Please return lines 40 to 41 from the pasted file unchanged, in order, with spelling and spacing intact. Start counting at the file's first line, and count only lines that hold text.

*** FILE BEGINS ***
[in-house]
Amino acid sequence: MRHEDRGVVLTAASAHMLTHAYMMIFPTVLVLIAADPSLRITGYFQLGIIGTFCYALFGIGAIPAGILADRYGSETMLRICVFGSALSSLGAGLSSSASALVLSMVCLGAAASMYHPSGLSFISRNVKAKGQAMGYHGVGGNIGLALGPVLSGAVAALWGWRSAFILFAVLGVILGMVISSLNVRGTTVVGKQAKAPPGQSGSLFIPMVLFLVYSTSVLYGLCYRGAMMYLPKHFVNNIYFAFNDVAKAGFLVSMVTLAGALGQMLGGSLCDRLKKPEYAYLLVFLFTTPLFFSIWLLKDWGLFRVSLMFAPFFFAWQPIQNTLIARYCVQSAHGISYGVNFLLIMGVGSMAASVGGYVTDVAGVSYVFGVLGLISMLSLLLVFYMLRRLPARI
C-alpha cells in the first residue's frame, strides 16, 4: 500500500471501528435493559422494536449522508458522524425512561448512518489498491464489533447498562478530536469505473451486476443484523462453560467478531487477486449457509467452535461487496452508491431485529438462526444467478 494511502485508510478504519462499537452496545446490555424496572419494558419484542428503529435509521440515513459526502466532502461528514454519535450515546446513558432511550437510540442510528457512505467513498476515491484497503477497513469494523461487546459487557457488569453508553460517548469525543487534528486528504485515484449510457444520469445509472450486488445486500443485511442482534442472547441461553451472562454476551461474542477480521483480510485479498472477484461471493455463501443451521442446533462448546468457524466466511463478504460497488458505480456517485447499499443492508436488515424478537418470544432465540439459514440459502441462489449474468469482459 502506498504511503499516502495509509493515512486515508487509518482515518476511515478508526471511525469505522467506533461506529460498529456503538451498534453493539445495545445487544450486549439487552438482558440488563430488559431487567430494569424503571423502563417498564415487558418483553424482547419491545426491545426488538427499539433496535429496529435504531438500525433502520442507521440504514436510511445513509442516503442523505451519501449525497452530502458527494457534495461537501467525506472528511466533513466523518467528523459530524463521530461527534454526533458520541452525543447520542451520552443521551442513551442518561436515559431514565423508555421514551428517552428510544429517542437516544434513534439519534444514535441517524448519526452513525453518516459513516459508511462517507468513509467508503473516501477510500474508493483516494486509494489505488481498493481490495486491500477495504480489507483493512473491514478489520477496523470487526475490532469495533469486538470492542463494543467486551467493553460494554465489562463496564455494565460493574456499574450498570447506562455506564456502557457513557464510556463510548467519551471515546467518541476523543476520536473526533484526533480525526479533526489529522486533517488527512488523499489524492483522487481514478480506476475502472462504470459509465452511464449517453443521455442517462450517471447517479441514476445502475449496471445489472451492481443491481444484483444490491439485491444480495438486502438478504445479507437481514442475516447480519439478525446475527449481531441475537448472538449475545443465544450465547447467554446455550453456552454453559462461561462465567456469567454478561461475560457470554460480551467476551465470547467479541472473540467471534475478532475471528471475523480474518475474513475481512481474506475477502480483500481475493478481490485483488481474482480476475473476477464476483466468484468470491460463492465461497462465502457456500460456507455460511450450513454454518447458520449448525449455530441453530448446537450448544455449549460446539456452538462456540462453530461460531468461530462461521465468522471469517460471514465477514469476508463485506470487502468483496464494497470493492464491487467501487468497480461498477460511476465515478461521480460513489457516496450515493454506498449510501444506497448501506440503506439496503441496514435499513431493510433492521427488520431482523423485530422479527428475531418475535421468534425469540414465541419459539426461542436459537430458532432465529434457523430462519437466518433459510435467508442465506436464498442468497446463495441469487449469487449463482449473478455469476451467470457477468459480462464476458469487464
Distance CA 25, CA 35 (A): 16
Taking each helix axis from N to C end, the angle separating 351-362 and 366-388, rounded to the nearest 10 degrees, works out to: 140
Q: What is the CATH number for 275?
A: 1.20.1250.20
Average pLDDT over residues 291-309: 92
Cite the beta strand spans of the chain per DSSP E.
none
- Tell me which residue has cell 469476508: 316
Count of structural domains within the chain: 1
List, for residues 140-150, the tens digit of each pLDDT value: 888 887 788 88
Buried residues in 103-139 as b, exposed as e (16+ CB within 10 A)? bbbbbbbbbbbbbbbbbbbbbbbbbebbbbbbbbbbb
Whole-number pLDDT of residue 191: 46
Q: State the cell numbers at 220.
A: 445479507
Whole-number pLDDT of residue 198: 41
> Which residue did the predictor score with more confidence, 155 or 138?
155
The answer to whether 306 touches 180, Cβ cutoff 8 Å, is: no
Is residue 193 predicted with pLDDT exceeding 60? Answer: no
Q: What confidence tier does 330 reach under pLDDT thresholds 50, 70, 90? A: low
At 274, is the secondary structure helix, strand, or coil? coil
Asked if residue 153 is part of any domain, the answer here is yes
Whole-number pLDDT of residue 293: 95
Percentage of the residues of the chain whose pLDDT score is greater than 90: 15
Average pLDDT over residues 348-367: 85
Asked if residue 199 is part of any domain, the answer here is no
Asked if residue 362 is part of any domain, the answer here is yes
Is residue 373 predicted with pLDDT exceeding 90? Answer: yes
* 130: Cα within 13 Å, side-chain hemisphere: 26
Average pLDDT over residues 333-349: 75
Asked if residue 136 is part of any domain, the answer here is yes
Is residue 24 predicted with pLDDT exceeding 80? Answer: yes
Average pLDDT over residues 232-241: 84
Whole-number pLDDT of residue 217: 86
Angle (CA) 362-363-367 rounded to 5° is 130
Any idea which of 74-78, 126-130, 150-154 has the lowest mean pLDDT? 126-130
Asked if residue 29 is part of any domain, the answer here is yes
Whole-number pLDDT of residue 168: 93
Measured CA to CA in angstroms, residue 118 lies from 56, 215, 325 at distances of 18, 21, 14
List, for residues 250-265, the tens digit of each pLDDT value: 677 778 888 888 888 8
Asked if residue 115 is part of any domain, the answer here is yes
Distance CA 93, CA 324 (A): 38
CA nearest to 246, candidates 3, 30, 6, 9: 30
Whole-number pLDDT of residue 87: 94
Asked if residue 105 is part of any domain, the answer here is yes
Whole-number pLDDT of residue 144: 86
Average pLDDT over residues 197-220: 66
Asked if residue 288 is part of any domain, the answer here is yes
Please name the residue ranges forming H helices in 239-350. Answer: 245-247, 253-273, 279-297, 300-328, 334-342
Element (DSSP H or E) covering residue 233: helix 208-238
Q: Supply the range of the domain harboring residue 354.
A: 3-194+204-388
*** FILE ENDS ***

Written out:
Asked if residue 29 is part of any domain, the answer here is yes
Whole-number pLDDT of residue 168: 93